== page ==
A U.S. Congressional committee has initiated investigations into Sequoia Capital, following its prior examinations of various other venture capital firms for their investments in Chinese technology companies.
Sequoia Capital Headquartered in California, USA is a financial company specializing in venture capital investments. The U.S. Committee is currently scrutinizing Sequoia Capital for its investments in China, particularly in the fields of semiconductors, artificial intelligence, and quantum technology. The committee is conducting an ongoing inquiry amid suspicions that these investments may be contributing to China’s military capabilities. Furthermore, the company has undergone a rebranding in China and now operates under the name HongShan.
A spokesperson from Sequoia Capital emphasized that they have severed ties with Sequoia China due to the impracticality of complying with certain restrictions imposed on U.S. entities by China. They emphasized that Sequoia U.S. is a distinct and unconnected entity, and any previous associations with the Chinese counterpart are now a thing of the past.
Despite the division between Sequoia U.S. and the recently restructured Hongshan (formerly Sequoia China), the former is currently under investigation as lawmakers are determined to thoroughly examine all aspects of the situation.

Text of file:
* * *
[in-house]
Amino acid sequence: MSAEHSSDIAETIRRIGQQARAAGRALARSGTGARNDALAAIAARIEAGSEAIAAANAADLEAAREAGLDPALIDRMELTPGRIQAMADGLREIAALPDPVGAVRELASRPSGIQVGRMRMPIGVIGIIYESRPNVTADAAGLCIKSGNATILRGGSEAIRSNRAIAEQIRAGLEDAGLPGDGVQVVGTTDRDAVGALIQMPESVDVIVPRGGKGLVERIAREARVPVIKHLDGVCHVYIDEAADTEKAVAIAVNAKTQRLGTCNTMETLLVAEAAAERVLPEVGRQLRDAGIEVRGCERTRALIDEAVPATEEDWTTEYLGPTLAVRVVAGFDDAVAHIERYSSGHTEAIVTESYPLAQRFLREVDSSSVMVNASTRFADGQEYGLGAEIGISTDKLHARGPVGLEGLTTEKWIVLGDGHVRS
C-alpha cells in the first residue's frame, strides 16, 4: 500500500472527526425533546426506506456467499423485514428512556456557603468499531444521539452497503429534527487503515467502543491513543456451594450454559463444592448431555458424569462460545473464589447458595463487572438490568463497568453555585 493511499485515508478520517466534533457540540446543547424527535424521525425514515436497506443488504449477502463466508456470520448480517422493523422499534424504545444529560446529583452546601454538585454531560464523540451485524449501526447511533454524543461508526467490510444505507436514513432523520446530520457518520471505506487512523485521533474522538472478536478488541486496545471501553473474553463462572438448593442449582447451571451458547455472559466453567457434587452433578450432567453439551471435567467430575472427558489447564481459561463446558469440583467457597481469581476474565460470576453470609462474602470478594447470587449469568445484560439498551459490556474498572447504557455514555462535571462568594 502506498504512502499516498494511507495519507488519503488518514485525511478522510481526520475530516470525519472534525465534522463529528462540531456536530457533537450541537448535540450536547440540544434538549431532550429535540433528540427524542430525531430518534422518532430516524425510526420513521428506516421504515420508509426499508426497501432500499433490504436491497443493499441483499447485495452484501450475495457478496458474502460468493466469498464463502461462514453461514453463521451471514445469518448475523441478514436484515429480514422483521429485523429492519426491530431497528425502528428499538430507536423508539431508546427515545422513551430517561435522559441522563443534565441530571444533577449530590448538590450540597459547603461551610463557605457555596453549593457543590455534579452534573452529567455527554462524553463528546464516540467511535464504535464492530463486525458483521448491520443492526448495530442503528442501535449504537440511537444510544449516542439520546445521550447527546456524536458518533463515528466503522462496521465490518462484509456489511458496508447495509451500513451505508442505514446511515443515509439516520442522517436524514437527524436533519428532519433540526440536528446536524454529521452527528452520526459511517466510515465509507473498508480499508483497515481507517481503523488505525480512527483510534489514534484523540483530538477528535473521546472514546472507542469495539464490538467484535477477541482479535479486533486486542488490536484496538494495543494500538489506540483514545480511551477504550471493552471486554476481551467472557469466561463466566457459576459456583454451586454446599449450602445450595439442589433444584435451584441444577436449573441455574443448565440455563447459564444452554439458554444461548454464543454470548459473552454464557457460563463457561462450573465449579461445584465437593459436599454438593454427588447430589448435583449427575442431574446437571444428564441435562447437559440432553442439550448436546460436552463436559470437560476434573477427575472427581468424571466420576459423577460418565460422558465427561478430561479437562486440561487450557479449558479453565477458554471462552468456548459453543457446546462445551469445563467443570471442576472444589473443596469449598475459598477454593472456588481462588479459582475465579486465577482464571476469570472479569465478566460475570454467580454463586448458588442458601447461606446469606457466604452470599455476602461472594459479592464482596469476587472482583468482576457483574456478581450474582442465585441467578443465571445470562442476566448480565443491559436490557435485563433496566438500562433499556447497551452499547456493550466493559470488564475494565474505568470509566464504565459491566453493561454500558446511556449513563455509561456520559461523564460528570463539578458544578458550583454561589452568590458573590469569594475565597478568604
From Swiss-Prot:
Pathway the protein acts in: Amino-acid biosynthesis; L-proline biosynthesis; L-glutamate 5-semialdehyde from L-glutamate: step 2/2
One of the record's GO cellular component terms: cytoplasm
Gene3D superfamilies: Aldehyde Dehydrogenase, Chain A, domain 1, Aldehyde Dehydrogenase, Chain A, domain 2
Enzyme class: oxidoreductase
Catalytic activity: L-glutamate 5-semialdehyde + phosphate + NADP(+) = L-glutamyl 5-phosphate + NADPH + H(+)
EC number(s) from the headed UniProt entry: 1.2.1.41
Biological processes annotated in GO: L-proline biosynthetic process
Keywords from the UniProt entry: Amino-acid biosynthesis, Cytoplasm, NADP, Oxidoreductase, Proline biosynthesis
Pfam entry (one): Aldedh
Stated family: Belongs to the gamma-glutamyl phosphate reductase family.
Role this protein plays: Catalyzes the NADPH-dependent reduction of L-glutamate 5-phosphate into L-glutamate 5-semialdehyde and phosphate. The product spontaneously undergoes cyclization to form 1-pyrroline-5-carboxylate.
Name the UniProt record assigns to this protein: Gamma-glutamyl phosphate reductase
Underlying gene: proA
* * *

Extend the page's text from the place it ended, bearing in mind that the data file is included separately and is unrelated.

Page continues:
The primary objective is to curtail U.S. investments in the People’s Republic of China (PRC) with a focus on preventing funding for military development and addressing allegations of human rights abuses.
Beyond Sequoia Capital, other venture capital firms such as GGV Capital, GSR Ventures, Walden International, and Qualcomm Ventures are also facing scrutiny. Given the strained US-China relationship, the United States is currently revising its policy towards China under the Biden administration.
Sequoia Capital has been instructed to provide a comprehensive explanation by November 1, including details on fund management and the identification of its limited partners. Furthermore, Hongshan, the rebranded entity, must confirm that nearly 50% of its partners are U.S. stakeholders.
“[S]plitting off its China business … is a step in the right direction. However… Sequoia Capital… pic.twitter.com/anDYih3rfJ
— The Select Committee on the CCP (@committeeonccp) October 18, 2023